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BADERAK v. BUILDING AND CONSTRUCTION TRADES COUNCIL (03/14/55)

THE SUPREME COURT OF PENNSYLVANIA


March 14, 1955

BADERAK
v.
BUILDING AND CONSTRUCTION TRADES COUNCIL, APPELLANT.

Appeal, No. 109, Jan. T., 1954, from order and decree of Court of Common Pleas of Montgomery County, Sept. T., 1954, No. 10, in case of Alfred Baderak and Sycamore Corporation v. Building and Construction Trades Council et al. Order and decree affirmed.

COUNSEL

M. Herbert Syme, for appellants.

Roger B. Reynolds, with him Russell J. Brownback and Brownback & Raynolds, for appellees.

Before Stern, C.j., Stearne, Jones, Chidsey and Musmanno, JJ.

Author: Chidsey

[ 380 Pa. Page 478]

OPINION BY MR. JUSTICE CHIDSEY

This is an appeal from a decree and order of the Common Pleas Court of Montgomery County, enjoining appellants from picketing or interfering in any unlawful manner with the construction of an apartment

[ 380 Pa. Page 479]

    building by appellees in Bryn Mawr, Lower Merion Township, Pennsylvania.

After a hearing, during which appellants offered no testimony, the chancellor found facts substantially as follows:

Appellees were engaged in constructing a five-story reinforced concrete apartment building at an estimated cost in excess of $1,000,000. Appellant, Building and Construction Trades Council, American Federation of Labor, is an unincorporated labor organization. The individual appellants are its officers, agents or employes. Appellees had 70 or 80 non-union employes working on the apartment house project. On October 6, 1954, about three months after work began on the project, appellants stationed two pickets at each of the two driveway entrances tot he building operation. Each picket carried a sign which stated: "Union Standards Are Not Being Observed On This Project. Building and Construction Trades Council, American Federation of Labor".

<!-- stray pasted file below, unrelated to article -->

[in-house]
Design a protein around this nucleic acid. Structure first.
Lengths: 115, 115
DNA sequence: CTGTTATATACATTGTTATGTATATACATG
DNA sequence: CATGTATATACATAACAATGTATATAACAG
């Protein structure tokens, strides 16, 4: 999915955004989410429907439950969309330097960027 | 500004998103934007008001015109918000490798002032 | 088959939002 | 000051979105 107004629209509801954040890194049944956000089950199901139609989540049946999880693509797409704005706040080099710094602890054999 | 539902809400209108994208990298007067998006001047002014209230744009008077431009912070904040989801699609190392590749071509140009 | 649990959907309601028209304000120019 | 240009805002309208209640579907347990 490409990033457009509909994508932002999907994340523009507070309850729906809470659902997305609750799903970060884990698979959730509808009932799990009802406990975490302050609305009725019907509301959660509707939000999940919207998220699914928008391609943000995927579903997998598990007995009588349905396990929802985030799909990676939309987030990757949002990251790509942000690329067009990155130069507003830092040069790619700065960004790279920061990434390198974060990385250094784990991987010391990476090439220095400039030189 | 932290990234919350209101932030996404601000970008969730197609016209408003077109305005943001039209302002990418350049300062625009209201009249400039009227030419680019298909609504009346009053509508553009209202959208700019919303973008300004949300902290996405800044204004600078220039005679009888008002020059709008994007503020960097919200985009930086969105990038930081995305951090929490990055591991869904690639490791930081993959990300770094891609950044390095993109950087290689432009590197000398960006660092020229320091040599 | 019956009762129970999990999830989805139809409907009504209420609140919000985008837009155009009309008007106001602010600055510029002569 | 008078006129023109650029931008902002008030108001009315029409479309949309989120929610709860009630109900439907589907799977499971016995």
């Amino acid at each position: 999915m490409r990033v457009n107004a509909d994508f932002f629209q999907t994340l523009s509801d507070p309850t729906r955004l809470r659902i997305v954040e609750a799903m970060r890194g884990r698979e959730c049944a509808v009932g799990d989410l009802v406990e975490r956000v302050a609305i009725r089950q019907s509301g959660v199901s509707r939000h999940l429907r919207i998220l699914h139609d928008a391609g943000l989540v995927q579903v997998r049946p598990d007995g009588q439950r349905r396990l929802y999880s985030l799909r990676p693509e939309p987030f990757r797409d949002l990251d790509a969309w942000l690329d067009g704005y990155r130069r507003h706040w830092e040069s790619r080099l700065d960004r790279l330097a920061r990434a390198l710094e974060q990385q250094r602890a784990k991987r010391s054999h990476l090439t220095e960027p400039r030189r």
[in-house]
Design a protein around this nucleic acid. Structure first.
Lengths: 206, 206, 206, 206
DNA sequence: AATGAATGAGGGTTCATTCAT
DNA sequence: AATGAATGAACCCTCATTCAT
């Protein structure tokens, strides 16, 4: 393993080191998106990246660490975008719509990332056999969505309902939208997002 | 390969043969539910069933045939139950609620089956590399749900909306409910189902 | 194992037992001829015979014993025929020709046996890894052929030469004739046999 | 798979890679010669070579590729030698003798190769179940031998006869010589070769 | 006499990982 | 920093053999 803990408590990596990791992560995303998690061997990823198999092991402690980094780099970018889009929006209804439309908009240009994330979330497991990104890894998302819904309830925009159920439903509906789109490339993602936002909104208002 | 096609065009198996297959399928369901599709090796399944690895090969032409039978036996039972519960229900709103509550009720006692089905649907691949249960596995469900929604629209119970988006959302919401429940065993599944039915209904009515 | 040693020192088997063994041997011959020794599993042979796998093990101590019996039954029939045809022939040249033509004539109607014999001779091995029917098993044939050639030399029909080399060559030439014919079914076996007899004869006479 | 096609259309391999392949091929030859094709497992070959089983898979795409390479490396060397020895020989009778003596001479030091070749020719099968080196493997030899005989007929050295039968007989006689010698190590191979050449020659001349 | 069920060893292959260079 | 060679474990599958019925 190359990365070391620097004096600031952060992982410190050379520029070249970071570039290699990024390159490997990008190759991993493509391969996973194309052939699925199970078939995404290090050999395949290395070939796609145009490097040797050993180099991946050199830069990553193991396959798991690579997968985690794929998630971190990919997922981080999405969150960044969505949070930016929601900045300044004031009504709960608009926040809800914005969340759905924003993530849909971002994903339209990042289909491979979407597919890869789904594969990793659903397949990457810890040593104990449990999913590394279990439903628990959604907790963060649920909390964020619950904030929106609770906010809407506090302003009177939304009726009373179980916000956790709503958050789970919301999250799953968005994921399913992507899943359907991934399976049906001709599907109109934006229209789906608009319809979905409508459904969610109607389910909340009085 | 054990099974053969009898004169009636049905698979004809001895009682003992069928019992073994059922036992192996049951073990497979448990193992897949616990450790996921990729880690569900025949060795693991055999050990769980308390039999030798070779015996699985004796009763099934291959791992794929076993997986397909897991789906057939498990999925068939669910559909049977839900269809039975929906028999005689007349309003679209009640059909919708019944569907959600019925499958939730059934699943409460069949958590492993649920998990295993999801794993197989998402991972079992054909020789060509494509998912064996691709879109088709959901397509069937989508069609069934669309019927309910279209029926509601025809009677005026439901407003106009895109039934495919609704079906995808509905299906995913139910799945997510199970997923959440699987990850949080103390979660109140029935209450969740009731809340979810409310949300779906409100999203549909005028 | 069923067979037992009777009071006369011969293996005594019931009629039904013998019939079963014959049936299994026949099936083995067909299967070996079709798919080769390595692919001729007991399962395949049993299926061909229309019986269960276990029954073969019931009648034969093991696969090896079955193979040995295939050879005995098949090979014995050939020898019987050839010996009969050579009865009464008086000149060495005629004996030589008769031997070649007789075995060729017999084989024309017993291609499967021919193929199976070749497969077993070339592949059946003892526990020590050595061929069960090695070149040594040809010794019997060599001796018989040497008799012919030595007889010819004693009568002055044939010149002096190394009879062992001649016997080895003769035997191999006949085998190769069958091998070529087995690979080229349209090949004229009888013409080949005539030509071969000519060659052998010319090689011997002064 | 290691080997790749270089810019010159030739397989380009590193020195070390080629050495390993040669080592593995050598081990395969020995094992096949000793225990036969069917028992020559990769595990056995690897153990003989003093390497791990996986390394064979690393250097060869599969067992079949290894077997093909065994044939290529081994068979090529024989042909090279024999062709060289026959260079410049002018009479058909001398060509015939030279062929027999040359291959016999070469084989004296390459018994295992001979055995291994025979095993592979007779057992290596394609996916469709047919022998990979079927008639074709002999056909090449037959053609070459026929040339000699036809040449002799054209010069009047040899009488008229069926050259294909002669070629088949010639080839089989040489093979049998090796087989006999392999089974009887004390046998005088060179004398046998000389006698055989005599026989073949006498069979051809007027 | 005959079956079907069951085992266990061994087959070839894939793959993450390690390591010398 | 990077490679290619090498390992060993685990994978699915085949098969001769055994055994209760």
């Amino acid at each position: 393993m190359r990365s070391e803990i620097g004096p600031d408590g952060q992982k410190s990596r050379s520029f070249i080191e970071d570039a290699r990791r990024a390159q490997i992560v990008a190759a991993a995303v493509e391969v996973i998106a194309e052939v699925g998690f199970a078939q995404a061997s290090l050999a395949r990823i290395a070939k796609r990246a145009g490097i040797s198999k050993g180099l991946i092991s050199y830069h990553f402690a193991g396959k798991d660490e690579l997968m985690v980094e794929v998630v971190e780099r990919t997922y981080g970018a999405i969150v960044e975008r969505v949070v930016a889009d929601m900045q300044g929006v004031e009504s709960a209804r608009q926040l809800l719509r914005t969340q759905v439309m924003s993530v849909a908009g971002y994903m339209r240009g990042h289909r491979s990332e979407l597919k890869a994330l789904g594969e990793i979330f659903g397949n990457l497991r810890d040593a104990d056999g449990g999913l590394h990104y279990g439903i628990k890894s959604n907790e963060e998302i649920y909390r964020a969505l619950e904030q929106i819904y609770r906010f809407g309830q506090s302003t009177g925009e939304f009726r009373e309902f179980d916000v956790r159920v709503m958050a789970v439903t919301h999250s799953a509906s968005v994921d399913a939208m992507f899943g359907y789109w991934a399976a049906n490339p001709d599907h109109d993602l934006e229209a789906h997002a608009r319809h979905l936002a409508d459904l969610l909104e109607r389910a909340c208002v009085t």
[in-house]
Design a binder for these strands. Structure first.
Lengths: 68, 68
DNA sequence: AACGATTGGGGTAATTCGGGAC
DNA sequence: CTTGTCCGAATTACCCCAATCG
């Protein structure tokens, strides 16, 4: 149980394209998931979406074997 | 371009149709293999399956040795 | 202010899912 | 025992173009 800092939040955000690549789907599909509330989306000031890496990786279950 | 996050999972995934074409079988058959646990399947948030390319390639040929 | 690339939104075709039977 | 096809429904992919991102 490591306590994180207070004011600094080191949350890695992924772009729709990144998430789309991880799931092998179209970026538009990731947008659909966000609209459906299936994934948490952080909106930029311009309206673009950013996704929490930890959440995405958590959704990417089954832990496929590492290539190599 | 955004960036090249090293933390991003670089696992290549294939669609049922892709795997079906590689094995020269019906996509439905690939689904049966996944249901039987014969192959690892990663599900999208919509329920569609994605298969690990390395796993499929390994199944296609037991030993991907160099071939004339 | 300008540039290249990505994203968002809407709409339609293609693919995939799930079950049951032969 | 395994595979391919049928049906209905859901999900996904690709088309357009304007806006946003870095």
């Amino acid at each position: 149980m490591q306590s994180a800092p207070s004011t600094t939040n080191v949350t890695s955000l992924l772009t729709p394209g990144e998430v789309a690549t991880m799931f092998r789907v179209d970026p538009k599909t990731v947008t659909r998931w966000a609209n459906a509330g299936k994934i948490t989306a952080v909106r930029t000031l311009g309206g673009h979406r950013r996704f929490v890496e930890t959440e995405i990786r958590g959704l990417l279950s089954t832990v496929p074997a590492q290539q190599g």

These pickets made no attempt to talk to the builders, contractors or their employes. Whenever a truck loaded with supplies or material approached either driveway, two men, who supervised the pickets, would leave the parked automobile where they usually sat, stop the truck drivers and talk to them. Thereafter, the truck drivers drove away without delivering their load of building materials or supplies. Although appellees secured police protection for the truck drivers, only one load of materials was delivered after the pickets appeared. Appellees have tried in vain to persuade the suppliers who had contracted to deliver materials to abide by their contracts. They have also attempted to get other suppliers to furnish materials, but were unsuccessful. As a result of the picketing, progress on the building operation practically ceased.

[ 380 Pa. Page 480]

None of the pickets or their supervisors are or ever were employed by appellees. There is no labor dispute between appellees and their employes. The injunction restraining the picketing issued on October 20, 1954, and after hearing, was continued.

The respective rights of employers, employes and unions with respect to picketing have been the subject matter of judicial consideration many times. From the welter of decisions by this Court as well as the Supreme Court of the United States, certain principles have emerged. The dissemination of information concerning the facts of a labor dispute by picketing is an aspect of freedom of speech protected by the Federal Constitution: Thornhill v. Alabama, 310 U.S. 88 (1940). However, as stated in Hughes et al. v. Superior Court of California for Contra Costa County, 339 U.S. 460, 464 (1950): "... while picketing is a mode of communication it is inseparably something more and different. Industrial picketing 'is more than free speech, since it involves patrol of a particular locality and since the very presence of a picket line may induce action of one kind or another, quite irrespective of the nature of the ideas which are being disseminated.' ... But the very purpose of a picket line is to exert influences, and it produces consequences, different from other modes of communication. The loyalties and responses evoked and exacted by picket lines are unlike those flowing from appeals by printed word ...". If either the nature or purpose of the picketing is unlawful under state law, it may be enjoined: Local Union No. 10, United Association of Journeyment Plumbers & Steamfitters, et al. v. Graham et al., Trading as Graham Brothers, 345 U.S. 192 (1953); Hughes et al. v. Superior Court of California for Contra Costa County, supra; Giboney et al. v. Empire Storage & Ice Co., 336 U.S. 490 (1949); Wortex Mills, Inc. v. Textile Workers